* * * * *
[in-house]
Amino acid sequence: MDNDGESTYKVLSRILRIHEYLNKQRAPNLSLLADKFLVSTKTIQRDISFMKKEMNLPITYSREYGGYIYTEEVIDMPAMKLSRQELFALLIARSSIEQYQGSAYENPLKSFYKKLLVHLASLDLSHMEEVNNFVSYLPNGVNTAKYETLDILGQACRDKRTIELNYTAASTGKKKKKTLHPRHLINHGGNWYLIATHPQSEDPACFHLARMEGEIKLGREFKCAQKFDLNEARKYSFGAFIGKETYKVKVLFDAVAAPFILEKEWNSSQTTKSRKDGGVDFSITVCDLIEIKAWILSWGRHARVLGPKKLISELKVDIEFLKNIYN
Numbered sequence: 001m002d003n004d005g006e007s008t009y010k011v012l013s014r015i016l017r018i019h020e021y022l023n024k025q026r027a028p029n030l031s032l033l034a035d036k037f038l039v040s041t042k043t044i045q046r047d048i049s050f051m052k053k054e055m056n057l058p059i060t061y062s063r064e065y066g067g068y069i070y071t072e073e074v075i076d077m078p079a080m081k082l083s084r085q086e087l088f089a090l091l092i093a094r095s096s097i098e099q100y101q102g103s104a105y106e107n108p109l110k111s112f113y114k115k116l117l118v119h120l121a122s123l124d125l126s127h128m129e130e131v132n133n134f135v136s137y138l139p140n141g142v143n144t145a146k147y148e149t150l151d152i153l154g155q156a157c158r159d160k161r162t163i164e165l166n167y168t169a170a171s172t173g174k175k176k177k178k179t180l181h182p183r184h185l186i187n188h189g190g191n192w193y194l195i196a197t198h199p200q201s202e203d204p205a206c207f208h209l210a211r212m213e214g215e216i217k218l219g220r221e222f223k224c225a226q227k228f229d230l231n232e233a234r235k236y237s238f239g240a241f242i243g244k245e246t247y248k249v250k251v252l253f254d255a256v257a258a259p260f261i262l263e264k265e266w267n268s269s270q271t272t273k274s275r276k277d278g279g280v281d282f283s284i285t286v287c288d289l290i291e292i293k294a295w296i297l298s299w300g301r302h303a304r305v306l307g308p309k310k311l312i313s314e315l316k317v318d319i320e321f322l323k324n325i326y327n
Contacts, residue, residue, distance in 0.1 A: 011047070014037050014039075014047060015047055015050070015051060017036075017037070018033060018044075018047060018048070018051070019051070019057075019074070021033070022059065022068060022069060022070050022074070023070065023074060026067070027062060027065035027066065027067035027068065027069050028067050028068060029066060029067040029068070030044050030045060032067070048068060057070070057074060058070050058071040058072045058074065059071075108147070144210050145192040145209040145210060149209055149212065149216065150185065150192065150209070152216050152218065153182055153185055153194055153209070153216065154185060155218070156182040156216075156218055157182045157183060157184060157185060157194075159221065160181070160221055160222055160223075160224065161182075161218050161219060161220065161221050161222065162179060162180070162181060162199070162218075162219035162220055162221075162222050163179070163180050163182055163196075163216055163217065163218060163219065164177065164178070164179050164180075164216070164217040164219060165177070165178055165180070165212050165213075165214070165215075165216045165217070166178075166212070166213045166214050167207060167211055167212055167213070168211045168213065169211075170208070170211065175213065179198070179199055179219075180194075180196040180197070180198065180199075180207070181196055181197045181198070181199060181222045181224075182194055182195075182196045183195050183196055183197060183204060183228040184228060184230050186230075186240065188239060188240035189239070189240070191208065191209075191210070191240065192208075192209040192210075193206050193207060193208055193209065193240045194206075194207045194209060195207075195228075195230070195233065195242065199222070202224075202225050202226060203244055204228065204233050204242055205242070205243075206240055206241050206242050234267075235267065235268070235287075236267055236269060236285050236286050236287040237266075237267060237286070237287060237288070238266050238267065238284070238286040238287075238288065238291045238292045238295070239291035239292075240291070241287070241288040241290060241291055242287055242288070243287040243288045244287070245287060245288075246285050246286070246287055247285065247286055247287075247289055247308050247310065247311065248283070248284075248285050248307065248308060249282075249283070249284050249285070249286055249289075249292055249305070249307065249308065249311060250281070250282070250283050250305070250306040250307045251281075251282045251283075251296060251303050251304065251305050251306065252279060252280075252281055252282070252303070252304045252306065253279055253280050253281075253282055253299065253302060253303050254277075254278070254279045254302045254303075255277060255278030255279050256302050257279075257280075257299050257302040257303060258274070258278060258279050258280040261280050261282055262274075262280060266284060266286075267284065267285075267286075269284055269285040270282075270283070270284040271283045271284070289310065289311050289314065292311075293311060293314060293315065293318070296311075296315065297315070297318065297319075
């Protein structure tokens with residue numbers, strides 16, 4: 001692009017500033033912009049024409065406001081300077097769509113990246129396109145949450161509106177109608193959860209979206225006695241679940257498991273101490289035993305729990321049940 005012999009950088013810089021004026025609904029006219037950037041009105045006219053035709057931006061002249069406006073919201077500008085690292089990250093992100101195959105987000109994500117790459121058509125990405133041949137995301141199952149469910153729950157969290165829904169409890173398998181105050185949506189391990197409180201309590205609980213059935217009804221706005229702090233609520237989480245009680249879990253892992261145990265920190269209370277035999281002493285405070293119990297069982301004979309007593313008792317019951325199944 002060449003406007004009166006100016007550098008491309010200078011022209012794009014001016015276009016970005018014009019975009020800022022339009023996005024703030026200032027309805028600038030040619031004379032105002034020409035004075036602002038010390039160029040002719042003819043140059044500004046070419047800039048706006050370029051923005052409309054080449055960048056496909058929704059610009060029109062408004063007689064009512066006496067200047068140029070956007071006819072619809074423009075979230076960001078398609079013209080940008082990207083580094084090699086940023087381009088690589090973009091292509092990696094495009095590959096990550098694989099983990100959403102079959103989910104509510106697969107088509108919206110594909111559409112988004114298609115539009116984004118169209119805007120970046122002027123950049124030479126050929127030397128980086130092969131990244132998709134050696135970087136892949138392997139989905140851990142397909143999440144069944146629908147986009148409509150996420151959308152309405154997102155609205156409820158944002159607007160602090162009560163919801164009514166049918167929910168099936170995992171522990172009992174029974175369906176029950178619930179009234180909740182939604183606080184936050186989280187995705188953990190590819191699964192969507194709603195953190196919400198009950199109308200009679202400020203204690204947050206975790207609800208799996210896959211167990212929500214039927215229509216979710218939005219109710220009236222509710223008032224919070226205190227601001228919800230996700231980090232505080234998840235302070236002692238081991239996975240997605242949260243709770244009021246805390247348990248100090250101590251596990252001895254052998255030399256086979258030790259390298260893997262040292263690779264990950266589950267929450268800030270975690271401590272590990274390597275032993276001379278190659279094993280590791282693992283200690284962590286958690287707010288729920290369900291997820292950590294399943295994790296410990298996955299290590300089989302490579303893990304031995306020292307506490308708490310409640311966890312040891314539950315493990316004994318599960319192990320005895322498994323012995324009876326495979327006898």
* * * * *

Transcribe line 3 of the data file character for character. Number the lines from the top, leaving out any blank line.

Numbered sequence: 001m002d003n004d005g006e007s008t009y010k011v012l013s014r015i016l017r018i019h020e021y022l023n024k025q026r027a028p029n030l031s032l033l034a035d036k037f038l039v040s041t042k043t044i045q046r047d048i049s050f051m052k053k054e055m056n057l058p059i060t061y062s063r064e065y066g067g068y069i070y071t072e073e074v075i076d077m078p079a080m081k082l083s084r085q086e087l088f089a090l091l092i093a094r095s096s097i098e099q100y101q102g103s104a105y106e107n108p109l110k111s112f113y114k115k116l117l118v119h120l121a122s123l124d125l126s127h128m129e130e131v132n133n134f135v136s137y138l139p140n141g142v143n144t145a146k147y148e149t150l151d152i153l154g155q156a157c158r159d160k161r162t163i164e165l166n167y168t169a170a171s172t173g174k175k176k177k178k179t180l181h182p183r184h185l186i187n188h189g190g191n192w193y194l195i196a197t198h199p200q201s202e203d204p205a206c207f208h209l210a211r212m213e214g215e216i217k218l219g220r221e222f223k224c225a226q227k228f229d230l231n232e233a234r235k236y237s238f239g240a241f242i243g244k245e246t247y248k249v250k251v252l253f254d255a256v257a258a259p260f261i262l263e264k265e266w267n268s269s270q271t272t273k274s275r276k277d278g279g280v281d282f283s284i285t286v287c288d289l290i291e292i293k294a295w296i297l298s299w300g301r302h303a304r305v306l307g308p309k310k311l312i313s314e315l316k317v318d319i320e321f322l323k324n325i326y327n